Initially, I had reservations when I was asked by the Zambia Red Cross Society (ZRCS) to represent them at this meeting. With the focus of the event on group work and debating how to best set up a governance structure appropriate to the desires and needs of the participating institutions, I felt that I would have little to offer. I felt even more humble when I arrived at the hotel where the event was being hosted and found that I was the only non-Zambian in attendance. However, rather than dissolving into the background as a note taker for the ZRCS as I had originally planned, I was intentionally drawn into the conversation due to the nature of my graduate studies by the other participants who made me the secretary and spokesperson for one of the work groups. As my group members representing institutions as diverse as the Green Living Movement, Caritas Zambia, and World Vision Zambia, debated the legal formality necessary for the ZHAP, what its mandate should be, and how to structure membership, I found myself having more and more to contribute.
Although most of my experience with disaster relief and recovery is in South Asia, distant from the specific challenges of organizations and communities working in sub-Saharan Africa, I found that the references that I made to similar governance structures I had encountered in India and Nepal were profoundly useful for guiding the brainstorming process around me. Rather than having situated expertise here in Zambia, my role became sharing strategies and best practices that I had witnessed at India’s National Institute for Disaster Management (NIDM), such as building partnerships with research faculty at local institutions of higher education. Asked by my group to read aloud NIDM’s mission statement and strategic objectives, my group found inspiration in articulating a vision for ZHAP.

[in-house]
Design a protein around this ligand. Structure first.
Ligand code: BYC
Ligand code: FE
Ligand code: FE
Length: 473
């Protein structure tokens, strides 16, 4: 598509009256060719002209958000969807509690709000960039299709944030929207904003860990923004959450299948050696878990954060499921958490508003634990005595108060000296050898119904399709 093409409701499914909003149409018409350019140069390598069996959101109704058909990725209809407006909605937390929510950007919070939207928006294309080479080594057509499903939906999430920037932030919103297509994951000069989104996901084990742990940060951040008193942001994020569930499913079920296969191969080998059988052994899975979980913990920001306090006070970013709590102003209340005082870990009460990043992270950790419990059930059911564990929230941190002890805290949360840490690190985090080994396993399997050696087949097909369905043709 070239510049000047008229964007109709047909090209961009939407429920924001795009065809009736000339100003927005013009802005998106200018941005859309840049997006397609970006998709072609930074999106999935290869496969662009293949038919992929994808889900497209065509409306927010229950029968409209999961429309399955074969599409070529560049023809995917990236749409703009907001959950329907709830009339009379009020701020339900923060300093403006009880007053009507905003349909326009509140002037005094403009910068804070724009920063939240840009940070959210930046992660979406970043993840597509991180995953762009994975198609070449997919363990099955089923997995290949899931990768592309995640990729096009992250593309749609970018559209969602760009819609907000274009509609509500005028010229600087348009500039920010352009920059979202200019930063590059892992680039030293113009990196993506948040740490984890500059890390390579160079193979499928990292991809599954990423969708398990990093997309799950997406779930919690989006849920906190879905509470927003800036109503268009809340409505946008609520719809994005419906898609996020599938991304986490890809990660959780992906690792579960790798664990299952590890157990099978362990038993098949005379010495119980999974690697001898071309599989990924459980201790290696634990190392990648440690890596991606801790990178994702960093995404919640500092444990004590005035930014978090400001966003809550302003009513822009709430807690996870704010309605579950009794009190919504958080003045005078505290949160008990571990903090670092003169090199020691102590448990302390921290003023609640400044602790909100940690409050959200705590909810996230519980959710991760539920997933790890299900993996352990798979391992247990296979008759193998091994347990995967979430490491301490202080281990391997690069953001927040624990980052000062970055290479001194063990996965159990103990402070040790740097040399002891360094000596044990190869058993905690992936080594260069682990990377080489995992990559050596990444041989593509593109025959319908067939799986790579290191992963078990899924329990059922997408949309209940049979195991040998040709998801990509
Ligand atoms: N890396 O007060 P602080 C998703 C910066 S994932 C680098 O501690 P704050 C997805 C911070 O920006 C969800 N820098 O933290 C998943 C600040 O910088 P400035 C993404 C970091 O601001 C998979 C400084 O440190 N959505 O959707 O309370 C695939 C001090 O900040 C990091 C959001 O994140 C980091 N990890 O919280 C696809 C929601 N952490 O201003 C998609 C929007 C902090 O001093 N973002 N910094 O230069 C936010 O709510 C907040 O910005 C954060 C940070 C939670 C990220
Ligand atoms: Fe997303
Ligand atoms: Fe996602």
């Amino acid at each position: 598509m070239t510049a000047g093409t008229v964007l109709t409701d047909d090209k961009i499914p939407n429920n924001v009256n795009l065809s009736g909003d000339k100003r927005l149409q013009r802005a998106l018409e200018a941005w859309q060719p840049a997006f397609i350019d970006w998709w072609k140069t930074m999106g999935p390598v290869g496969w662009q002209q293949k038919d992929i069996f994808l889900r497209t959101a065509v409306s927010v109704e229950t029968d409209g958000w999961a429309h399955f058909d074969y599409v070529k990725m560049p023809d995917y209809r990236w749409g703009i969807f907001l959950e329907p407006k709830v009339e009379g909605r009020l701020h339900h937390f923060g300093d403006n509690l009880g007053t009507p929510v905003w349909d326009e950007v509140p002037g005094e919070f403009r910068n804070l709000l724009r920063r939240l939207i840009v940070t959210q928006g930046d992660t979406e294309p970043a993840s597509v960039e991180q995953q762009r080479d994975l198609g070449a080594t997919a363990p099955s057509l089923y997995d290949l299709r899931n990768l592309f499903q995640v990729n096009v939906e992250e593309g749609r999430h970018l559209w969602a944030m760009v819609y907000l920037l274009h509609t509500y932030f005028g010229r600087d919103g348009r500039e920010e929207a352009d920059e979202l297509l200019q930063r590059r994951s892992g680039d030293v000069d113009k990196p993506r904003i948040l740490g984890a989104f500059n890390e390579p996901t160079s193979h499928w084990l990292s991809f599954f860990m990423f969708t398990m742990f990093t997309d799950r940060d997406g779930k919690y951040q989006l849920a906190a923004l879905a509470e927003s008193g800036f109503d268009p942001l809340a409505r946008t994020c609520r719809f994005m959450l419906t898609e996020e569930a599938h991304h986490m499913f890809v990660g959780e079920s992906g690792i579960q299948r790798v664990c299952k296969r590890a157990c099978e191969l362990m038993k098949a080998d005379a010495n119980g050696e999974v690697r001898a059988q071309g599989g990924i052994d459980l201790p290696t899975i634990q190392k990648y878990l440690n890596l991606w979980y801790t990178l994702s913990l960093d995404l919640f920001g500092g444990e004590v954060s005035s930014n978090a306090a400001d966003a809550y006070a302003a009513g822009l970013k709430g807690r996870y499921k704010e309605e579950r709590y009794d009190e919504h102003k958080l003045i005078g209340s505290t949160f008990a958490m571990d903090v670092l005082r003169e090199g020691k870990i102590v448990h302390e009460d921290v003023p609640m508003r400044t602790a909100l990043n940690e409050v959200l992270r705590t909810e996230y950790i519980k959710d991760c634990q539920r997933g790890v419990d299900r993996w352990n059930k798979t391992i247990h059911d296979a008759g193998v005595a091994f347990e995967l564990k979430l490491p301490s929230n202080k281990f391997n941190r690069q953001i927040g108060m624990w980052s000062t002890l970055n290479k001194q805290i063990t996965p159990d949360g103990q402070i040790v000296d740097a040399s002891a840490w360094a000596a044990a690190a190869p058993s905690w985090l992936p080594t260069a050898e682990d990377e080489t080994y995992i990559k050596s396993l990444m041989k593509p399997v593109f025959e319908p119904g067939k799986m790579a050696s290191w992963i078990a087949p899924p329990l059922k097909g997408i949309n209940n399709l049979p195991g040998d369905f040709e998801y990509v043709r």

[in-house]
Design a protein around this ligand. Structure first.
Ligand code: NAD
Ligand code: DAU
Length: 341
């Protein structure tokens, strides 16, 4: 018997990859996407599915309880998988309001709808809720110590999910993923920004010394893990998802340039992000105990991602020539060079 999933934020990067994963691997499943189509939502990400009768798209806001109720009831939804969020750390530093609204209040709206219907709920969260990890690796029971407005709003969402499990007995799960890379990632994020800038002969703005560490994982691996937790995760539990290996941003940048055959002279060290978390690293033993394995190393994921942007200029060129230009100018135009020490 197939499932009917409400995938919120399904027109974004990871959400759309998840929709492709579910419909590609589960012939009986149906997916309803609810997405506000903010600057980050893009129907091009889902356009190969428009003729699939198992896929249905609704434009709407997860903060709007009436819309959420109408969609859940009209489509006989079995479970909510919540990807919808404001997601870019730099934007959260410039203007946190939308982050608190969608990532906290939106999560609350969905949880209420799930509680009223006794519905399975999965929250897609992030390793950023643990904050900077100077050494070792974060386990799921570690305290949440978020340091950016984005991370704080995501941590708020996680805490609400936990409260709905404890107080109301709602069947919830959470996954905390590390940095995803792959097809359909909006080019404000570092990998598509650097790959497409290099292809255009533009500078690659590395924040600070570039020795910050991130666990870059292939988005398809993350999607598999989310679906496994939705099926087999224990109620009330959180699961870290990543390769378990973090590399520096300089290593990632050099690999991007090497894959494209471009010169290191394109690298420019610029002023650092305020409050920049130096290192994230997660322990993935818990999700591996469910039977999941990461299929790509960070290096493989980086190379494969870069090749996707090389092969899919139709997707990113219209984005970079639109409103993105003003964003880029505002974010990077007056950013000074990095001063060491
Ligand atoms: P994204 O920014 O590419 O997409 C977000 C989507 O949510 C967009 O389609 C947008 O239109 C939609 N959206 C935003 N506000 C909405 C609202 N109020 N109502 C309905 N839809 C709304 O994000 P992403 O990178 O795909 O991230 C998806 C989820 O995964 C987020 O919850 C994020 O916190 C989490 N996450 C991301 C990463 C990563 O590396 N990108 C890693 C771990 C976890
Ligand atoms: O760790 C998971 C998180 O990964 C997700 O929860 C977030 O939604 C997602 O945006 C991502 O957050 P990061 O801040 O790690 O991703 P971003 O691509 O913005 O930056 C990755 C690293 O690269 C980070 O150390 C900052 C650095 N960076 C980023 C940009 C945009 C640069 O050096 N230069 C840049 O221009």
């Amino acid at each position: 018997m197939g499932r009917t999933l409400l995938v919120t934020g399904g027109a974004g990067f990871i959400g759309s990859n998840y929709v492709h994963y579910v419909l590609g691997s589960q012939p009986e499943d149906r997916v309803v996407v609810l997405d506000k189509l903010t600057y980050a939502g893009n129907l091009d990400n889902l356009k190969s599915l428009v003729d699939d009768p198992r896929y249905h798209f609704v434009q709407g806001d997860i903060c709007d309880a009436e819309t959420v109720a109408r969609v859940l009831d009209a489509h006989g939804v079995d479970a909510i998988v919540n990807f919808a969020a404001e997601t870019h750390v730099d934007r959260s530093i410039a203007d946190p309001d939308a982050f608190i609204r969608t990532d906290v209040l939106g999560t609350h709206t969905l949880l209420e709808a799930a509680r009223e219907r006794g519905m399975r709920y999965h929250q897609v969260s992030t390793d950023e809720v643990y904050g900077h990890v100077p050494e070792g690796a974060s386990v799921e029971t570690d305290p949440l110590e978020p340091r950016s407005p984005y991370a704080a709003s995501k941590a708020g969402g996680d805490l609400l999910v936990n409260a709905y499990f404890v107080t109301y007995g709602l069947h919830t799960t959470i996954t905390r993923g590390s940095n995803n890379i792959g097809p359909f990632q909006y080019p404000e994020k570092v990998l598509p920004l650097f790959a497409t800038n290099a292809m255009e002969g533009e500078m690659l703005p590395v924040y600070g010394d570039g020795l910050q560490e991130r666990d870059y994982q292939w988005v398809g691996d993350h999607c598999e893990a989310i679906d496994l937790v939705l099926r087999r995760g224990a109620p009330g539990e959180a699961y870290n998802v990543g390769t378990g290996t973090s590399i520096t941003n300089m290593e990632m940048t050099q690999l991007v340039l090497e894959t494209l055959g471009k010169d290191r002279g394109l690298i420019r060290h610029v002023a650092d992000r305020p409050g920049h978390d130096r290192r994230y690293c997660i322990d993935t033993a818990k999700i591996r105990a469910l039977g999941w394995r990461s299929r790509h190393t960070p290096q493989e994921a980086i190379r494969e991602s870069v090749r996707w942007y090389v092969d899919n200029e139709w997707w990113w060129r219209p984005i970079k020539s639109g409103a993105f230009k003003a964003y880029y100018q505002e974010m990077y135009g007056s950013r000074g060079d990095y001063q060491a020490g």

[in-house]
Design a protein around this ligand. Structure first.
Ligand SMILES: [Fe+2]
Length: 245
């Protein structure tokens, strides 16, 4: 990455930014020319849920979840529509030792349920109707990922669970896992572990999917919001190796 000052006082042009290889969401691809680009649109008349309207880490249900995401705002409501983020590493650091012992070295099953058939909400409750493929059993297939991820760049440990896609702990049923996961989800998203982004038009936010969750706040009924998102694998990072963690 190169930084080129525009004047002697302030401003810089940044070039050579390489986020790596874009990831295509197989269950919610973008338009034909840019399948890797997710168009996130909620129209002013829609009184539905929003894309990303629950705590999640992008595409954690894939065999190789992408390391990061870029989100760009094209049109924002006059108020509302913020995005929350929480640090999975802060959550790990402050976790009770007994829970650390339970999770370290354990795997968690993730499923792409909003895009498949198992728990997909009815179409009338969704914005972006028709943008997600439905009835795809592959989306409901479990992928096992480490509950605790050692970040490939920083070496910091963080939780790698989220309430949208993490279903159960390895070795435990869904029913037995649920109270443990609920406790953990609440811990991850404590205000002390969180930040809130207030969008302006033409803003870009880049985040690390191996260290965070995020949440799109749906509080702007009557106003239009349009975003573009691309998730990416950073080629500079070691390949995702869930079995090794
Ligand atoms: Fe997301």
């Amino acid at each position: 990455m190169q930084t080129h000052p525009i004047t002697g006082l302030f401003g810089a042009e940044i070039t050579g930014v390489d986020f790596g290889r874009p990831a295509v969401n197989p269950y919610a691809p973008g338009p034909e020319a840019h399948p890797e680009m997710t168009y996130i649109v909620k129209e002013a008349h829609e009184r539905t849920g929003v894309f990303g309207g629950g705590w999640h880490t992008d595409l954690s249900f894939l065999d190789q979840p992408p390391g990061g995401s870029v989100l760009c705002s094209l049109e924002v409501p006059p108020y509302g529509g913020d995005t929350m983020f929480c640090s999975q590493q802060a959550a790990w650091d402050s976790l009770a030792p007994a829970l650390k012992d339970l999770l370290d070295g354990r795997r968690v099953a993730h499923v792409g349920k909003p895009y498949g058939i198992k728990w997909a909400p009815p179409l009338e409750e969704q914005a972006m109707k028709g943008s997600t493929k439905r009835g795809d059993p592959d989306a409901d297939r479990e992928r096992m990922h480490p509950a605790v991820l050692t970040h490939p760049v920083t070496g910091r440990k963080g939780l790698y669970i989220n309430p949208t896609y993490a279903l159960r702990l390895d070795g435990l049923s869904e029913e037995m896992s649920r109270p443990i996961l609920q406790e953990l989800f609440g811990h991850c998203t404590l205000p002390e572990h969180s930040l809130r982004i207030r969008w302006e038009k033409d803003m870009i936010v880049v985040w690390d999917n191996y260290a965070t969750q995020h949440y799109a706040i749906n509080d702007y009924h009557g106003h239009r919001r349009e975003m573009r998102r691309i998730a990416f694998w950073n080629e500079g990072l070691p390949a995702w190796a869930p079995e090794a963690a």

Participating in the development of a governance structure for a formal Humanitarian Actors Platform in Zambia was certainly an inspiring experience. Despite my initial reservations about being the only ‘outsider,’ what I realized is that even though I cannot speak for or represent the decades of work of the ZRCS on the ground in Zambia, I can humbly contribute to such a process in other ways by offering what I have seen and studied in other places. This is, after all, why I wanted to spend time in Africa in the first place: to gain a broader comparative perspective on how disasters exacerbated by climate change are coped with in similar and diverging ways and what lessons in terms of effective climate adaptation are capable of being shared between distinct regions.
It would appear such an exchange can begin with the articulation of a vision. For me, it was an honor to have the opportunity to be part of such a profound process: to meet so many dedicated people representing diverse organizations who had come together in the spirit of greater cooperation.
Rather than laboring in isolation to end suffering in the wake of disasters, this meeting was the first step in joining hands and moving forward together toward a common vision. With increasingly tight budgets, competition for funding, and limited staff to address the demands of institutional mandates that require a response to challenges as immense as natural disasters, refugee crises, and the HIV/AIDS epidemic, such collaborative projects are few and far between. And yet, they are not only practical from a cost-benefit analysis perspective, but also in the sense of building greater and stronger networks that can collectively engender more change than each group individually. This meeting was the first step in joining hands and moving forward together toward a common vision–building greater and stronger networks–can collectively engender more change than each group individually.
See photo gallery of Sierra’s Red Cross-Red Crescent Climate Centre Internship in Zambia.